Smartphone Security Best Practices: Five Tips

Smartphone security best practices involves evaluating third party software, gaining network and individual smartphone visibility, and considering cloud storage.


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Establishing smartphone security best practices should be easy right? Well, not exactly.

While smartphones are nothing new for the enterprise – BlackBerries have long been standard knowledge-worker accessories – the explosion of competing platforms, increased horsepower and ballooning Internet connectivity have ramped up their security risks.

A recent Aberdeen Group study found that the typical enterprise must deal with an average of 2.8 to 3.3 different smartphone platforms . Meanwhile, more than two-thirds of those surveyed noted that some or all employees were permitted to use personal-liable mobile devices for corporate use.

That “some or all” is telling. Sure, you can establish a policy blocking the average user’s mobile phone from corporate access. What happens, though, when it’s a senior executive who is bringing some new, untested platform onto your network?

Will you say “no” to your CEO?

Clearly, Mobile phones are no longer something that IT can shrug off as someone else’s problem. They are simply too powerful and pervasive to ignore. If your organization is struggling to cope as smartphones invade the enterprise, these five best practices should help.

1. Treat smartphones like PCs

Treating a smartphone like a PC means installing endpoint security, enforcing device-side encryption, having policies in place for how to connect to corporate assets (such as through a VPN) and requiring strong authentication to unlock the device in the first place.

The gold-standard for secure smartphone usage is BlackBerry. The devices are encrypted, require passwords to unlock (although programs like UnlockIt are out there to bypass some of these requirements) and they can be controlled via the BlackBerry Enterprise Server, which gives IT the power to create and enforce more than 450 different policies.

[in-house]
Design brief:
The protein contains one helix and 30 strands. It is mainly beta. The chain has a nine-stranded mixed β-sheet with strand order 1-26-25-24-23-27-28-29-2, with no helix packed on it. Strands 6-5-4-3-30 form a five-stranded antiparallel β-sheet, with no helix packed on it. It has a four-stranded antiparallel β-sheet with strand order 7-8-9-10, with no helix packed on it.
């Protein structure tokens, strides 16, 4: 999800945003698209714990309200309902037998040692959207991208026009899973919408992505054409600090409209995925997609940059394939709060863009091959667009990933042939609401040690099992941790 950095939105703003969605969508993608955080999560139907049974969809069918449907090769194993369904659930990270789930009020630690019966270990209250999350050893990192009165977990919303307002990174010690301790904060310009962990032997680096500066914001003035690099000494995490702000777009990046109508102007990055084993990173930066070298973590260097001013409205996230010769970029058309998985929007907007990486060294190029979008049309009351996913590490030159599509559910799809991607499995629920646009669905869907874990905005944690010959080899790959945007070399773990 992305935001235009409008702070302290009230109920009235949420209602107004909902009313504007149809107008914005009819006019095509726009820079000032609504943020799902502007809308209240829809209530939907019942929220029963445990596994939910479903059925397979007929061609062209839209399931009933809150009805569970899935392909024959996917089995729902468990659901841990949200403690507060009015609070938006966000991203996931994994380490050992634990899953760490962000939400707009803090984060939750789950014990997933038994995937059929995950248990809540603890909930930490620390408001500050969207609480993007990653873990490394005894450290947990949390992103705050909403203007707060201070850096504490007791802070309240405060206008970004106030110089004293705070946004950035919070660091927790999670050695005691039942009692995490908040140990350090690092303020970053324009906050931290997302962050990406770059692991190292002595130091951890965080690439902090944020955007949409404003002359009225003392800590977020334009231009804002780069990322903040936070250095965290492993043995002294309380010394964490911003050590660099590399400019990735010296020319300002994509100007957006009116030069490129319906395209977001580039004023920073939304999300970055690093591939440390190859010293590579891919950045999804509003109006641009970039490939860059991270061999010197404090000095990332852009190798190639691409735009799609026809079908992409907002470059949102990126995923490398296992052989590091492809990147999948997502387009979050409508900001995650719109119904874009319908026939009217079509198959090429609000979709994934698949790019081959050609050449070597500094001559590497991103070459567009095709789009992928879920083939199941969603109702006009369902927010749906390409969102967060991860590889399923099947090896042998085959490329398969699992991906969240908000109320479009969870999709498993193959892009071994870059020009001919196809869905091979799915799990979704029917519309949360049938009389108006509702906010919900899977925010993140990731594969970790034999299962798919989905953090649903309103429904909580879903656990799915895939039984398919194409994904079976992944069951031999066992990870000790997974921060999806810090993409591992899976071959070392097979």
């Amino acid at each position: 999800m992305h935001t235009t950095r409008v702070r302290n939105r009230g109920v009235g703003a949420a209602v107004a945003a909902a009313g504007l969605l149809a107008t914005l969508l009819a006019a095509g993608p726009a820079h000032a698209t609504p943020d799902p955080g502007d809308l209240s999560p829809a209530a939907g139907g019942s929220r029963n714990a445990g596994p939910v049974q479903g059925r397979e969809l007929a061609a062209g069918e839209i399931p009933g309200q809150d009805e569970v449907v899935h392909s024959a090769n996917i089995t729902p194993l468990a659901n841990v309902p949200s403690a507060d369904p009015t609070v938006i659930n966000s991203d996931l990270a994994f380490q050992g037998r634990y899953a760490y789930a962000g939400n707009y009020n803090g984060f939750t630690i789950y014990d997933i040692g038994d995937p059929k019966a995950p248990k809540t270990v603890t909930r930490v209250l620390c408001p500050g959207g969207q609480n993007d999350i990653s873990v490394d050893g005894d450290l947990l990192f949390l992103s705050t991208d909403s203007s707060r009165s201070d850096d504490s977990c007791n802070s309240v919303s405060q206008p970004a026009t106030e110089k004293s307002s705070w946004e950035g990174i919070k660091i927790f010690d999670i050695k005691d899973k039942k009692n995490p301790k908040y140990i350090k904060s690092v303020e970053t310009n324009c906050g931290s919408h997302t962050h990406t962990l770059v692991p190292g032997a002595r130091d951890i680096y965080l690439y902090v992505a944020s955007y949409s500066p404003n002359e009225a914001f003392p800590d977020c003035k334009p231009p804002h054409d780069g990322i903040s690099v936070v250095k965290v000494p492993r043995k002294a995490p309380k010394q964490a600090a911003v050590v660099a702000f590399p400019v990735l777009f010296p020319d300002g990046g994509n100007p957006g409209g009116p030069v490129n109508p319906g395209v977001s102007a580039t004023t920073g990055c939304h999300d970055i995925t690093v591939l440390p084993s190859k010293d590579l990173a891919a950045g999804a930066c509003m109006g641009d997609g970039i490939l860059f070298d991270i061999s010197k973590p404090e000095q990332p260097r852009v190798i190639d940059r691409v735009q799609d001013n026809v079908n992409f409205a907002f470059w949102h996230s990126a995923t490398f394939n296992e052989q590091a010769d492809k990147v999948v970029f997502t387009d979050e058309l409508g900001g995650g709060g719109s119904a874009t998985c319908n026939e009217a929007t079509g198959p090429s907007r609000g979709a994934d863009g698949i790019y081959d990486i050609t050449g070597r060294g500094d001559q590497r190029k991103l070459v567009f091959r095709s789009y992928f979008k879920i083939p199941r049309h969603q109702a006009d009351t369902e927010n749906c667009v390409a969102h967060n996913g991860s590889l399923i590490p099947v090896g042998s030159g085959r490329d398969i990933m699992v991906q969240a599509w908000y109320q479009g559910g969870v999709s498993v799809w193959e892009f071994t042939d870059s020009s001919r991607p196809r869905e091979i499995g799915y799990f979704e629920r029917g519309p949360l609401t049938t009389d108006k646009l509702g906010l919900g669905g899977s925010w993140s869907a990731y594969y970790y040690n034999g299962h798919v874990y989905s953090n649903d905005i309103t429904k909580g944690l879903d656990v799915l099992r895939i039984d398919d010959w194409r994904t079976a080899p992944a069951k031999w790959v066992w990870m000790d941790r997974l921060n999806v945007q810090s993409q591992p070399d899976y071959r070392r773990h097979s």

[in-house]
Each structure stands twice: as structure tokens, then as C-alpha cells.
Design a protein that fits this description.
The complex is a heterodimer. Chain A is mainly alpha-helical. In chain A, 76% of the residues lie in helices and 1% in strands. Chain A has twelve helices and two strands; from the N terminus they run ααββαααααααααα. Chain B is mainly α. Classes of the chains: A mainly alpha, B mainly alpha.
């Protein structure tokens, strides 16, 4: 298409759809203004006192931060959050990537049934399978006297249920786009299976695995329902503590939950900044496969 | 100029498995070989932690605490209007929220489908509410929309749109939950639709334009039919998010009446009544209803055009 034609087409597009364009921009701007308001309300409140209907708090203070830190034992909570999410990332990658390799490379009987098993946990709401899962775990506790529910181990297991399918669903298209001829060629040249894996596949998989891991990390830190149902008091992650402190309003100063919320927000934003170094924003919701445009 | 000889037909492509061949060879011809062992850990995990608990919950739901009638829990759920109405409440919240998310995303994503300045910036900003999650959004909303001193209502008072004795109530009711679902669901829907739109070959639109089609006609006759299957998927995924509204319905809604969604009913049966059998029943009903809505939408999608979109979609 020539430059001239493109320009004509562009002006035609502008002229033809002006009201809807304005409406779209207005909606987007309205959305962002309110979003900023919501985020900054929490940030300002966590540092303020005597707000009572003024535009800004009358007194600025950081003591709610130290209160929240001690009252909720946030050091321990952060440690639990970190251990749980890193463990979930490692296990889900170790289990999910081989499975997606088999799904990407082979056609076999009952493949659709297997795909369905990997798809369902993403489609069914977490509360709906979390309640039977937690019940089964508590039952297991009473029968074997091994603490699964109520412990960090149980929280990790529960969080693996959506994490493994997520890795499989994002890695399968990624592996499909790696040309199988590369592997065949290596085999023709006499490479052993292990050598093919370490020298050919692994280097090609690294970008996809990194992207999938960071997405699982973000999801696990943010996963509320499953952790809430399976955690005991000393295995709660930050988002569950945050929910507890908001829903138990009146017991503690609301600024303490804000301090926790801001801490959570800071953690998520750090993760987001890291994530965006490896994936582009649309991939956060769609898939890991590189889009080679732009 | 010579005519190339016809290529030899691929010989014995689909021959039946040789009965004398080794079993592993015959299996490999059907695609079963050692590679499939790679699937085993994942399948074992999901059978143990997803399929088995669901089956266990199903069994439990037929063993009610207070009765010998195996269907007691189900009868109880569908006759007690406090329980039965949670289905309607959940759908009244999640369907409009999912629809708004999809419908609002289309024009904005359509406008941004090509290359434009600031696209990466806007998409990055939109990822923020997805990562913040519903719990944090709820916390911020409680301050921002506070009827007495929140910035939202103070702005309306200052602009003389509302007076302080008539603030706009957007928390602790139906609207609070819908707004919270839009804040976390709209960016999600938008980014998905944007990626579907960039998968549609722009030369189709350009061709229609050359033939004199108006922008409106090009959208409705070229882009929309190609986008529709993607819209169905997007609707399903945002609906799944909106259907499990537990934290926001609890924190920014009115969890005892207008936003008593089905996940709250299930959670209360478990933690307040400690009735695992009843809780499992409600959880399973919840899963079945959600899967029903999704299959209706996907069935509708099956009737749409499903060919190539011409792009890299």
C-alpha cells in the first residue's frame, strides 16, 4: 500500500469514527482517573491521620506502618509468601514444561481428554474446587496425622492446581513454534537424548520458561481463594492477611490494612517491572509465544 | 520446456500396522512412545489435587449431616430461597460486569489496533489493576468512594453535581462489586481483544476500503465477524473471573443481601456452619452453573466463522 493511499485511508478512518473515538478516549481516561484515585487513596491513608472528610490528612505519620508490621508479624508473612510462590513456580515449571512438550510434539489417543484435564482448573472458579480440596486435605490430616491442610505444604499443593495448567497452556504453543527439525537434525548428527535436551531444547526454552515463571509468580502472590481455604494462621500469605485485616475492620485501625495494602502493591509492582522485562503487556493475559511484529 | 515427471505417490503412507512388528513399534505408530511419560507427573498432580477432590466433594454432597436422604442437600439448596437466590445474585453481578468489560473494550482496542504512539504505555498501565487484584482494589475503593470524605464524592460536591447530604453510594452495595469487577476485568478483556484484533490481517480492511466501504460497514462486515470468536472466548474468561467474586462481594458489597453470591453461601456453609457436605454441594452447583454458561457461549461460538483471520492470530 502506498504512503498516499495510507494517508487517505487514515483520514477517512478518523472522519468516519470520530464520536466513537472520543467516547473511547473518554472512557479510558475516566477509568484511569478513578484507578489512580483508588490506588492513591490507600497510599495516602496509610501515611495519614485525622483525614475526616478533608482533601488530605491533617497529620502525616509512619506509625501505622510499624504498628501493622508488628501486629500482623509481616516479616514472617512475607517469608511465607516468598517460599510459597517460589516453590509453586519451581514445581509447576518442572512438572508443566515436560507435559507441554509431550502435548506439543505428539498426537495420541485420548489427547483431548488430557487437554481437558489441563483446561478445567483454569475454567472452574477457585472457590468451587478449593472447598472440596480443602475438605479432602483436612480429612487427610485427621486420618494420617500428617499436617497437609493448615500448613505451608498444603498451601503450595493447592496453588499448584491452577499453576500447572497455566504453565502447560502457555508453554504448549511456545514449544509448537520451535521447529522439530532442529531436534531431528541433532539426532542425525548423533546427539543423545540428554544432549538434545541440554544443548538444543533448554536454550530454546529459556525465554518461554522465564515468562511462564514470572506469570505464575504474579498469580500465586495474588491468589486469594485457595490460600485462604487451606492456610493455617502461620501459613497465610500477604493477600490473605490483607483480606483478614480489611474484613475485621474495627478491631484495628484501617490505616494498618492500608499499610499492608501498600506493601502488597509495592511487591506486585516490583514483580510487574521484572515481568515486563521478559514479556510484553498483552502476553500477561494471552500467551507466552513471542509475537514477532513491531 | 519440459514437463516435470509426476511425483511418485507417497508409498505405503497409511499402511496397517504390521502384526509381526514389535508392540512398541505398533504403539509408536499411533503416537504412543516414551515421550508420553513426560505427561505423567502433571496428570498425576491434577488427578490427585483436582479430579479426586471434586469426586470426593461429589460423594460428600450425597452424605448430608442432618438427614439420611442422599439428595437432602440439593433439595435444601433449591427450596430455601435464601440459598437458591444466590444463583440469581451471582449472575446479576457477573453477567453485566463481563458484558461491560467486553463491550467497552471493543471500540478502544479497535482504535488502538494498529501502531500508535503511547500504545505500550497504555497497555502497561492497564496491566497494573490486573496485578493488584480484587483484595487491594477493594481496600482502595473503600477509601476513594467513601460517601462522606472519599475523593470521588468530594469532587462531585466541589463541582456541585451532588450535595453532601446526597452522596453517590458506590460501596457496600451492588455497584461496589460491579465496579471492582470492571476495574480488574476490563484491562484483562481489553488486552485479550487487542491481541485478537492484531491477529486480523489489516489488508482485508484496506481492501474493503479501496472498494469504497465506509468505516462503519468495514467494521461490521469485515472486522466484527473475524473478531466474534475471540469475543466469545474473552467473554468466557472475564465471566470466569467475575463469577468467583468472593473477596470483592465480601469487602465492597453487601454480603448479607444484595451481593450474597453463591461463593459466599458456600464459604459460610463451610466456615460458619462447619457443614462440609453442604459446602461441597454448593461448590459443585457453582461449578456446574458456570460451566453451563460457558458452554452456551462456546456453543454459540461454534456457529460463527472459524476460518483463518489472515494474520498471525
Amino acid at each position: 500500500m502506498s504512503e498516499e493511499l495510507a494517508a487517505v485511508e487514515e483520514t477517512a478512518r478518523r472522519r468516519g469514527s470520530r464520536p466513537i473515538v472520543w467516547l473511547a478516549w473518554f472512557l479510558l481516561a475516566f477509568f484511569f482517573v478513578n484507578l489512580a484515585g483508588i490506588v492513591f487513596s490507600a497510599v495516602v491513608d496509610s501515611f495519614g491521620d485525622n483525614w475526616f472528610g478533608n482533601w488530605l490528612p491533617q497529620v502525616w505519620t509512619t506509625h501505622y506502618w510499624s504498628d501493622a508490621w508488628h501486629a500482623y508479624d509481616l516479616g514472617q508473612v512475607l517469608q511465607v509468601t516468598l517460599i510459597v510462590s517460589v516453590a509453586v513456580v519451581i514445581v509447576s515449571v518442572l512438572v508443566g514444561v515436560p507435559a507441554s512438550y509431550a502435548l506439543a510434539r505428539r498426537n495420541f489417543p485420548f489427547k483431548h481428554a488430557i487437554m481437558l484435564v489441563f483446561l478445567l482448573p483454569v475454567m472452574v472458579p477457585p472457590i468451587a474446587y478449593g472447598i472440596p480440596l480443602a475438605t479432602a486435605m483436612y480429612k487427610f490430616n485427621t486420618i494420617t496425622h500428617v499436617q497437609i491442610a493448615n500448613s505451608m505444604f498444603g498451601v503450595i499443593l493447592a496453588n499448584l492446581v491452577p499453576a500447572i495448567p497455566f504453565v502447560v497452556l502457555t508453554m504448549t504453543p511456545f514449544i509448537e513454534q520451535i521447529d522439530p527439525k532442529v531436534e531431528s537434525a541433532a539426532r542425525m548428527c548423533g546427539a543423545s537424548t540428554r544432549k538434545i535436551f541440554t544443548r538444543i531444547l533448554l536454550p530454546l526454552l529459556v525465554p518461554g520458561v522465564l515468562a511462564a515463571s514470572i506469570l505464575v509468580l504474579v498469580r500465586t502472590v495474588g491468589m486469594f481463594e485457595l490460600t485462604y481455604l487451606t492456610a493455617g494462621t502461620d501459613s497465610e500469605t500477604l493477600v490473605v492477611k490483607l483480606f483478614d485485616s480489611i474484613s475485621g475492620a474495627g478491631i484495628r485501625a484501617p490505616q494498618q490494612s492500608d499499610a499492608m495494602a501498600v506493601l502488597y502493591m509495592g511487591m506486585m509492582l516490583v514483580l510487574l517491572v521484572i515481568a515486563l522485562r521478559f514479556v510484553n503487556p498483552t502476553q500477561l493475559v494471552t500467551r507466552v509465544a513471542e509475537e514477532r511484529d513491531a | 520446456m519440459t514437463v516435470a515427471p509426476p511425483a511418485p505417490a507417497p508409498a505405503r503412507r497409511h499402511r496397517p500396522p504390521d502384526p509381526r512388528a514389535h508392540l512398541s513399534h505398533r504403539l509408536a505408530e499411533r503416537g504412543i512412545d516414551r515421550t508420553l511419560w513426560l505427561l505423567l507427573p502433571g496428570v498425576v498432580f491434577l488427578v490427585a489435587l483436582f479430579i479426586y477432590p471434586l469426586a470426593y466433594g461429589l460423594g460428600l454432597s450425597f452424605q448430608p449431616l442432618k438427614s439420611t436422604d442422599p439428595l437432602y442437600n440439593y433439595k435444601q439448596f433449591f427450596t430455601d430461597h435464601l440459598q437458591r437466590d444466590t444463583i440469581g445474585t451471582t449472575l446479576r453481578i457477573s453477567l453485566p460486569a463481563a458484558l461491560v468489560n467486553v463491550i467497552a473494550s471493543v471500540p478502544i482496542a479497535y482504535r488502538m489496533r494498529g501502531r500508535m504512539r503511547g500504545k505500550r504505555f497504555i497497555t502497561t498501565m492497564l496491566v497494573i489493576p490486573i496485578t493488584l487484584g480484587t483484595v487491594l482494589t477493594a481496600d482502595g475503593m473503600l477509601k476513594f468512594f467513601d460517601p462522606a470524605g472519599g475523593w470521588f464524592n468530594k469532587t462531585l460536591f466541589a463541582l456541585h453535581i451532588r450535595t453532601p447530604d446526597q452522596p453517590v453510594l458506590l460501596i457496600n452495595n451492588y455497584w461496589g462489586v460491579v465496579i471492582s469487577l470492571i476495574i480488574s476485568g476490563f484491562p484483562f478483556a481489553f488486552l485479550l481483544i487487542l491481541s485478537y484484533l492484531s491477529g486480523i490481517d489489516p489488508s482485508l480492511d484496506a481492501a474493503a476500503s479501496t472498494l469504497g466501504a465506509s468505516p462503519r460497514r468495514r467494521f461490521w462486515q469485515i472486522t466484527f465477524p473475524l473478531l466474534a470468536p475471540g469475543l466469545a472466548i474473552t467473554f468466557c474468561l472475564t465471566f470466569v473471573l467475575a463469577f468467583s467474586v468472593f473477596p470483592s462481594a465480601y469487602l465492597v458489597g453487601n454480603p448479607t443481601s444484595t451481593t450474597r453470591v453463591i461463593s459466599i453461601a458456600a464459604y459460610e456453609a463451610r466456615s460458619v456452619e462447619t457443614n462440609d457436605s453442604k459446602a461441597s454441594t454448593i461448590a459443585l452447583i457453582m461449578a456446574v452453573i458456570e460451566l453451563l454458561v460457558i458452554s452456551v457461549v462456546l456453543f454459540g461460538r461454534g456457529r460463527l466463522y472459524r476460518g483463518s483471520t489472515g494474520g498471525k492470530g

The trouble is that knowledge workers aren’t satisfied with BlackBerries alone. iPhones and Androids are the new trendy gadgets, yet they don’t have the security pedigree of BlackBerry.

2. Evaluate and adopt third-party security software

Even if new platforms are relatively untested from a security standpoint, that doesn’t mean they can’t be secured. As with the PC, most smartphone users will likely get their security from third parties. A number of security startups already have smartphones in their sights.

These include authentication vendors, such as MultiFactor Corporation with its SecureAuth solutions and Entrust with Entrust IdentityGuard Mobile; mobile antivirus vendors like Lookout and DroidSecurity; and mobile device management solutions from companies such as Zenprise, Good Technology and Trust Digital.

Of course, incumbent security vendors aren’t sitting this out. Symantec, Kaspersky, McAfee and Cisco have all released smartphone-related products.

Smartphone security products are out there, and it’s time for IT to start evaluating and adopting them.

3. Remember that smartphones aren’t PCs

Even though smartphones are becoming as powerful as PCs, they differ in important ways.

“Despite the risks associated with these devices, the current threat landscape is still in its infancy. The greater threat involves a lost or stolen device. In this case, password protection, encryption and related security measures become the highest priority to ensure the device and its data are secure,” said Khoi Nguyen, Group Product Manager, Mobile Security Group, Symantec.

Sure, laptops get lost and stolen, but it’s not really that common. According to Accenture, however, 10 to 15 percent of all handheld computers, PDAs, mobile phones and pagers are lost by their owners. This means that IT must expect these devices to get lost or stolen.

Besides password protection and encryption, IT should have the ability to remotely wipe or even brick phones. Even this, though, can be problematic.

According to Ahmed Datoo, VP of marketing at Zenprise, more often than not, users will delay reporting their device as lost or stolen, either in the hopes that they can retrieve the device or because they are embarrassed for losing it.

“Every second of delay could mean the loss of sensitive corporate data. Providing users with an ability to wipe their own devices will significantly reduce the risk of both personal and corporate data loss,” he said.

Another important difference is that IT does not own most smartphones, which makes enforcing security policies trickier. Many security experts recommend controlling what applications can be present on smartphones. That’s doable if the organization owns the phones, but it’s impossible when end users own them.

Next Page: Smartphone and network visibility

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Tags: security best practices, best smartphone, smartphone, smartphone security, smart phones

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